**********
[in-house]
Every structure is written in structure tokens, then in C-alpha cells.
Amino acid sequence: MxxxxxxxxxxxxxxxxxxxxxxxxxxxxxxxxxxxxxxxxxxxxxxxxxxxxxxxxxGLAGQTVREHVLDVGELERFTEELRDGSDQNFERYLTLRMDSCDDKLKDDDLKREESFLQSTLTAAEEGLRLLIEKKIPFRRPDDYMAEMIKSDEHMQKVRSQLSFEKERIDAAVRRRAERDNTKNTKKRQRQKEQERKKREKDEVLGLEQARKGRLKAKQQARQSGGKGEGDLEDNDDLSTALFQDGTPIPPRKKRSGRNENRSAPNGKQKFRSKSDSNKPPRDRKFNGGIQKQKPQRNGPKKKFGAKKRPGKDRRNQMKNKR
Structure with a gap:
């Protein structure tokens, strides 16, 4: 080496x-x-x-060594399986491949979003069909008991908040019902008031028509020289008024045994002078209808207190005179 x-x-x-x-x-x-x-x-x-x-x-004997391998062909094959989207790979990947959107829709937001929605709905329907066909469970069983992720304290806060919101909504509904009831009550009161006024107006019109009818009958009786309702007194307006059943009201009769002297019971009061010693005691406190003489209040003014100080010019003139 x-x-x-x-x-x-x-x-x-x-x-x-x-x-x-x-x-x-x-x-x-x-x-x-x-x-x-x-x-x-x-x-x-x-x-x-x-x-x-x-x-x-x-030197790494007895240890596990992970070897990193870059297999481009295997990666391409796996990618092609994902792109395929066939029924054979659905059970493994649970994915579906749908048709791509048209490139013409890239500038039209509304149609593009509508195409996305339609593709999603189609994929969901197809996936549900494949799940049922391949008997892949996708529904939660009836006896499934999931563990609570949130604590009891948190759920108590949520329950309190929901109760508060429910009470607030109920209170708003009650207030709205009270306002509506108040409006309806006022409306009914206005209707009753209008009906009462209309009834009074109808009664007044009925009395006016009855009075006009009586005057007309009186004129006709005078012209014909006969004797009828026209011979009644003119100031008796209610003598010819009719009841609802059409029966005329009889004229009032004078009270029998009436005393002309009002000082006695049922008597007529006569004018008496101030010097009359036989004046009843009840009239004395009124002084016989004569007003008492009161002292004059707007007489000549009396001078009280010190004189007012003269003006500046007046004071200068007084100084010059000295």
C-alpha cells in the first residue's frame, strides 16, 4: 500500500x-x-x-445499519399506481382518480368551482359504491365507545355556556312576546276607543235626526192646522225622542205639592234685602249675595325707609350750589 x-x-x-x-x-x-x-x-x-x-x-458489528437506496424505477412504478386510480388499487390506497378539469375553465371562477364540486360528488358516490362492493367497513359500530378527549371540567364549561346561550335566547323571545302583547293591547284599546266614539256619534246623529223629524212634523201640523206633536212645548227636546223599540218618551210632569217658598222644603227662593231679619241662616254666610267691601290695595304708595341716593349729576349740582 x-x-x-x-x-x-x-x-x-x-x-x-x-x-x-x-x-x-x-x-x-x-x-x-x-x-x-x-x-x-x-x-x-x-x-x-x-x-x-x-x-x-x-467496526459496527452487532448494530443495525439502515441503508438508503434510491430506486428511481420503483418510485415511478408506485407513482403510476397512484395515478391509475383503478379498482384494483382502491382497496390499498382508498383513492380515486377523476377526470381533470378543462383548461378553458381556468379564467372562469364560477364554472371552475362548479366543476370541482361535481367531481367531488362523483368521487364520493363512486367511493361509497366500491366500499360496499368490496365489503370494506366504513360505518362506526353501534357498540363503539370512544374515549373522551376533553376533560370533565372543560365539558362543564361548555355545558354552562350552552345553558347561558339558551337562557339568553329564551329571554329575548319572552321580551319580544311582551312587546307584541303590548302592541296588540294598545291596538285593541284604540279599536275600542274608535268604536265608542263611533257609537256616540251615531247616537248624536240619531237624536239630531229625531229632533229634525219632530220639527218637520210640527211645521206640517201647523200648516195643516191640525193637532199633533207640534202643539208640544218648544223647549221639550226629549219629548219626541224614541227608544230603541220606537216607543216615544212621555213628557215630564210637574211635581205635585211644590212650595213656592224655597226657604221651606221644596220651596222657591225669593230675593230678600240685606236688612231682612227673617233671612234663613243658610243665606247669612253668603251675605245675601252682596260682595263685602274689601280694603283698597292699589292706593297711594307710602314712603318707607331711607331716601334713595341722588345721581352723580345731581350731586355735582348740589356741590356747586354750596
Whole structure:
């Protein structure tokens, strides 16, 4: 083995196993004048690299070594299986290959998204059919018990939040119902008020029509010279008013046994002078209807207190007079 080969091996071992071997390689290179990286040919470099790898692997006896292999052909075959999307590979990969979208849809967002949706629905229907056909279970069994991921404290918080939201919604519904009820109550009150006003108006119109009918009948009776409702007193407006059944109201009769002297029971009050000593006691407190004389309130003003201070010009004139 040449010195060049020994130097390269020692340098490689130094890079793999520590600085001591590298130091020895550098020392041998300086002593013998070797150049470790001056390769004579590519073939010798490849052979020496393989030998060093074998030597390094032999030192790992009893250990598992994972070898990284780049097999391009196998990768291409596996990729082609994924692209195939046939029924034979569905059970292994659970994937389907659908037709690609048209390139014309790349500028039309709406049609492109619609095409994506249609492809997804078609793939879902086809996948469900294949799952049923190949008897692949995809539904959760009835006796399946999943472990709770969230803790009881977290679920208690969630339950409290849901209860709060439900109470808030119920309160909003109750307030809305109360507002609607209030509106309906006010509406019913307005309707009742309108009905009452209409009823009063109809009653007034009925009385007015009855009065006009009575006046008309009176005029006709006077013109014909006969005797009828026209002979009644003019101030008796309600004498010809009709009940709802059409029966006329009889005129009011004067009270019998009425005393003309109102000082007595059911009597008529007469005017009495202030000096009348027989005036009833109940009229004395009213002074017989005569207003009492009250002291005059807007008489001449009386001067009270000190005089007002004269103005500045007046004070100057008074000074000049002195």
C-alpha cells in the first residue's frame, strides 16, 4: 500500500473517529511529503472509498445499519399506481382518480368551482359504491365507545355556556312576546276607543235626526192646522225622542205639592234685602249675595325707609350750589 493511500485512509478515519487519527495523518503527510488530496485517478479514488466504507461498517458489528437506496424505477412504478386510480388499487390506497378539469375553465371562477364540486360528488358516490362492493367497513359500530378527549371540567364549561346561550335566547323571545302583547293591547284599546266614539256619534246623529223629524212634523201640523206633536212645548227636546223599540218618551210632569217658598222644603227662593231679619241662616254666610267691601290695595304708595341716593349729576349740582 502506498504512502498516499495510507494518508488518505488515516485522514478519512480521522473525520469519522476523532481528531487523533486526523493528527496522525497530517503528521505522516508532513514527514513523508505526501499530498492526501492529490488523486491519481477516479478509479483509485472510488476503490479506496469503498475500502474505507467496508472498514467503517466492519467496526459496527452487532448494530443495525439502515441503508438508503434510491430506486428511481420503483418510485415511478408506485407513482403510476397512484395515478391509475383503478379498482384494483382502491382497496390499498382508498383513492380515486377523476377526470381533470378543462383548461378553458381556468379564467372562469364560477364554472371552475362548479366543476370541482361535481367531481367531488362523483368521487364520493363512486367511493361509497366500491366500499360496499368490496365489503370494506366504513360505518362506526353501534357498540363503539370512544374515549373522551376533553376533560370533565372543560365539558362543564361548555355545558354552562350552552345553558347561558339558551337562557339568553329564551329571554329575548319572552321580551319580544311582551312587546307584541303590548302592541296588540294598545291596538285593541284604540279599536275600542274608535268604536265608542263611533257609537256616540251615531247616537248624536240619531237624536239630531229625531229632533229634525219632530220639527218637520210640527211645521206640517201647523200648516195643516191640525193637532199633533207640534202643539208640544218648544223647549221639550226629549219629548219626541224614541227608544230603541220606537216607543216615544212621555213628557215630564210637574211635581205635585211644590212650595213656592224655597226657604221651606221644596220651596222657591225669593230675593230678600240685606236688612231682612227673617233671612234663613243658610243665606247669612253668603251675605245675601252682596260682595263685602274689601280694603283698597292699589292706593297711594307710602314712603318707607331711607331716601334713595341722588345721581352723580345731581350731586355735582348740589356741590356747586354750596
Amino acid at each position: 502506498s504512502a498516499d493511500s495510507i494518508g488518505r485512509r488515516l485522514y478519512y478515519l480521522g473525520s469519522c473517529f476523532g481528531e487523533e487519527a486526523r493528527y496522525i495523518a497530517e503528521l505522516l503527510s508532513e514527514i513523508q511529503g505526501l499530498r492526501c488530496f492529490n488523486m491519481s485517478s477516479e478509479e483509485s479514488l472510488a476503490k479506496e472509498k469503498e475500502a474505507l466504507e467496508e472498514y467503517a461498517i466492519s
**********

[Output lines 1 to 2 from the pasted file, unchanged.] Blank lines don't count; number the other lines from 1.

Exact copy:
[in-house]
Every structure is written in structure tokens, then in C-alpha cells.